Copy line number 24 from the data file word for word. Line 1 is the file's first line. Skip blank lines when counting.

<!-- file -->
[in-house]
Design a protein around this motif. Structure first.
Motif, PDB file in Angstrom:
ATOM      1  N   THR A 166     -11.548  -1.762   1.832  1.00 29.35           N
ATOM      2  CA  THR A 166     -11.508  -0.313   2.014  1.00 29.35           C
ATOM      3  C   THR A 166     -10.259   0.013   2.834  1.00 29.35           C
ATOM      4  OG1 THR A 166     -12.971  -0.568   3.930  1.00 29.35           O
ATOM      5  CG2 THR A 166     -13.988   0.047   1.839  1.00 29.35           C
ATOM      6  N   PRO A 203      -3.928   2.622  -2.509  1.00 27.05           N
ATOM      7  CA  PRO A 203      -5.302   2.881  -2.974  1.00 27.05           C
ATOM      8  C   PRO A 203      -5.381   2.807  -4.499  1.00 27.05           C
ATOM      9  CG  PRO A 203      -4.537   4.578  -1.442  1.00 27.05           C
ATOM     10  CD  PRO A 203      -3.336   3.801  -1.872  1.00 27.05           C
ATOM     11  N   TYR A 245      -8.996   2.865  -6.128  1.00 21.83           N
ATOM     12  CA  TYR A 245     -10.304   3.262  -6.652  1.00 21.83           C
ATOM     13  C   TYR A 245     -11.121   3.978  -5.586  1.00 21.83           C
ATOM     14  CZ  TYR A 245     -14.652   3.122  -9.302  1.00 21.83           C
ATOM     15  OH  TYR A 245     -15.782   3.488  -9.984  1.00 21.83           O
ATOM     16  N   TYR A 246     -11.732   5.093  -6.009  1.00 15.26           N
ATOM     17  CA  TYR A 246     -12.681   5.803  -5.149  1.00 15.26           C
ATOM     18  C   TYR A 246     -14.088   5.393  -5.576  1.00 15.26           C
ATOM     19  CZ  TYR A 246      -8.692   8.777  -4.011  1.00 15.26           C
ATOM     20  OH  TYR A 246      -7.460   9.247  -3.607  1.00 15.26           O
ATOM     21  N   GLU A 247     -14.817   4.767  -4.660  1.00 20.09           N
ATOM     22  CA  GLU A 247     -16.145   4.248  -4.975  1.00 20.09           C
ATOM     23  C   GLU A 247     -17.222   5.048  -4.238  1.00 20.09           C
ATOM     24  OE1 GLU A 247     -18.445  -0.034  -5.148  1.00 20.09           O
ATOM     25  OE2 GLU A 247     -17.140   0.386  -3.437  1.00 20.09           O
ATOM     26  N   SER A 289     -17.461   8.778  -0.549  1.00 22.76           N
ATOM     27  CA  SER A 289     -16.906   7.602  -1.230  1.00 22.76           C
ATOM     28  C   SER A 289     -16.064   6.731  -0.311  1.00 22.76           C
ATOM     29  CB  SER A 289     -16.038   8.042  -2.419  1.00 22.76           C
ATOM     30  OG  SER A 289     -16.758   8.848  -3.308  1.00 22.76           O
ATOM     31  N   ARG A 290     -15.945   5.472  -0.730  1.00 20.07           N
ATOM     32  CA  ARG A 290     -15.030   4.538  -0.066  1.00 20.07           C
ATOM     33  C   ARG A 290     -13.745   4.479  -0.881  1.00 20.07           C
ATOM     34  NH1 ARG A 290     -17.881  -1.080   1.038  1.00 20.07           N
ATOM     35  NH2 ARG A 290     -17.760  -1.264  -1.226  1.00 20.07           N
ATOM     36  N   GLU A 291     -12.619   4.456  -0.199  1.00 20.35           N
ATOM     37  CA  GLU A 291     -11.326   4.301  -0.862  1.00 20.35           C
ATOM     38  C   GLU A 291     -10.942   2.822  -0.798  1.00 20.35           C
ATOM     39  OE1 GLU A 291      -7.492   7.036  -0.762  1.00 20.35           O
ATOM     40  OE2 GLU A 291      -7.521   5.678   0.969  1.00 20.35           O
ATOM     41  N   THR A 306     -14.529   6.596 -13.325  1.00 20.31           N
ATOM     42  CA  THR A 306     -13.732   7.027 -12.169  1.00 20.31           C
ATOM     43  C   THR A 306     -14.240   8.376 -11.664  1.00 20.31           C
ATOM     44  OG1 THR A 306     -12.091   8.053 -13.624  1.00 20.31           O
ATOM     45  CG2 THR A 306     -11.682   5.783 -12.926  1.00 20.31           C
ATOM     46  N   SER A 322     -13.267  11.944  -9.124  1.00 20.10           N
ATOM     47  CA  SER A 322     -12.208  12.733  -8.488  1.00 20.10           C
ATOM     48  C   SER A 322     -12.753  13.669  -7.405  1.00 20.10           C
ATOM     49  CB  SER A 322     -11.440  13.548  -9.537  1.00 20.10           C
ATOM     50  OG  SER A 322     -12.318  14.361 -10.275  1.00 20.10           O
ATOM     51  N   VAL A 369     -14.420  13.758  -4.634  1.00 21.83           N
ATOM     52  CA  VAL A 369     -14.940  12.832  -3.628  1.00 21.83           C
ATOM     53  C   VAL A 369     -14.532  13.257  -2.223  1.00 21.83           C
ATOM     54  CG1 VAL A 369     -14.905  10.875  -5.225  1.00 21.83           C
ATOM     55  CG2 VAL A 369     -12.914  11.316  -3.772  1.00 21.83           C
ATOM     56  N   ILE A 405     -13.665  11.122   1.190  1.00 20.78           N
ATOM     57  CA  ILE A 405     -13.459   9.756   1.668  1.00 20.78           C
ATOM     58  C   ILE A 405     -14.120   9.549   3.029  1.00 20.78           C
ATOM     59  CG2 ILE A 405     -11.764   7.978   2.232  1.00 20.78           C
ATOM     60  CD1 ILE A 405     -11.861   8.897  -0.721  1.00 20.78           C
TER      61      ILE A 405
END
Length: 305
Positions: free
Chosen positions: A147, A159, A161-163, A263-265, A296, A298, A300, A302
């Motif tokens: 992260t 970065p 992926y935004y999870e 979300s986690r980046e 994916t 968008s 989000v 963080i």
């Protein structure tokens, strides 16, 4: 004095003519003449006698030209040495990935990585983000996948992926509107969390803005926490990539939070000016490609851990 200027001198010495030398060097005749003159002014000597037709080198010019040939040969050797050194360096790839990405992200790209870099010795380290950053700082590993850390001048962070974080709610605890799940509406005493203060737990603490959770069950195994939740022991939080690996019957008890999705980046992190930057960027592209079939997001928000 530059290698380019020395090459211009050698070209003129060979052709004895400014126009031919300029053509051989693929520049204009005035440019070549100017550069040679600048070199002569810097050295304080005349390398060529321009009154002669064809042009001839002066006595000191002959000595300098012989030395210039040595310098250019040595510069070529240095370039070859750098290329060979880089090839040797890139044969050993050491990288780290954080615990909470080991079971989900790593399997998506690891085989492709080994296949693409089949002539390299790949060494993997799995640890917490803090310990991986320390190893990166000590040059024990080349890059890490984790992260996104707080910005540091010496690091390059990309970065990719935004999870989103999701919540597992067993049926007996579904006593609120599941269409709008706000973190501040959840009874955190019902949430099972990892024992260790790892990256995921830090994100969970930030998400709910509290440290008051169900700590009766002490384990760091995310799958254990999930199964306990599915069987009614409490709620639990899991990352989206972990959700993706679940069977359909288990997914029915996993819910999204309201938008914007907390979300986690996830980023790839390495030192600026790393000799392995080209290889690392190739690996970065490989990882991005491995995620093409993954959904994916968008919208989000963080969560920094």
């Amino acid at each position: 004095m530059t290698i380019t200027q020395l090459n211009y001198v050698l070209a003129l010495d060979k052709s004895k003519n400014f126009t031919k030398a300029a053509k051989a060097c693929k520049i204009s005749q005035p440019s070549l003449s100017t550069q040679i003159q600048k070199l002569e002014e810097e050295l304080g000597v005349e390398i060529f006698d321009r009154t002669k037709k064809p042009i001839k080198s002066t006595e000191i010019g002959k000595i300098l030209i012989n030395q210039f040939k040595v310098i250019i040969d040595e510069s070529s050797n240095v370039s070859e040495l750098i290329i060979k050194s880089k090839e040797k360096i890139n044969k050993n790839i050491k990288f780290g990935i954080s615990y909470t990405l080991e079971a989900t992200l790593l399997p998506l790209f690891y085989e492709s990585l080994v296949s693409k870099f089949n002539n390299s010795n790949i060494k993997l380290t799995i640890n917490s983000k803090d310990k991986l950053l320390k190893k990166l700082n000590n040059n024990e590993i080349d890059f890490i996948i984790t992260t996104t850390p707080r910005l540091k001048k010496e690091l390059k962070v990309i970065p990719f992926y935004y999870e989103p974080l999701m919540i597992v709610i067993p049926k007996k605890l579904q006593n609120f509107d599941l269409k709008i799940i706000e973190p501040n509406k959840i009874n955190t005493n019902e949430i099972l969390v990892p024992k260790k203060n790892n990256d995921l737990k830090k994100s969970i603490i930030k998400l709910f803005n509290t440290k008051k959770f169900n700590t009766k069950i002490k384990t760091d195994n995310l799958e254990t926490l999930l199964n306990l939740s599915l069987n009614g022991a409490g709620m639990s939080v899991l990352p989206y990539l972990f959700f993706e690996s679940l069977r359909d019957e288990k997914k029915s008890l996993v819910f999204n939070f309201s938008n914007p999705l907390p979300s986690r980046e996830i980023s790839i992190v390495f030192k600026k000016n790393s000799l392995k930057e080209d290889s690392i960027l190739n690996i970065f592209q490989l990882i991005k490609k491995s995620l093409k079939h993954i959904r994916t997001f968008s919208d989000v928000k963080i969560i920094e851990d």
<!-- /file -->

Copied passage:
ATOM     21  N   GLU A 247     -14.817   4.767  -4.660  1.00 20.09           N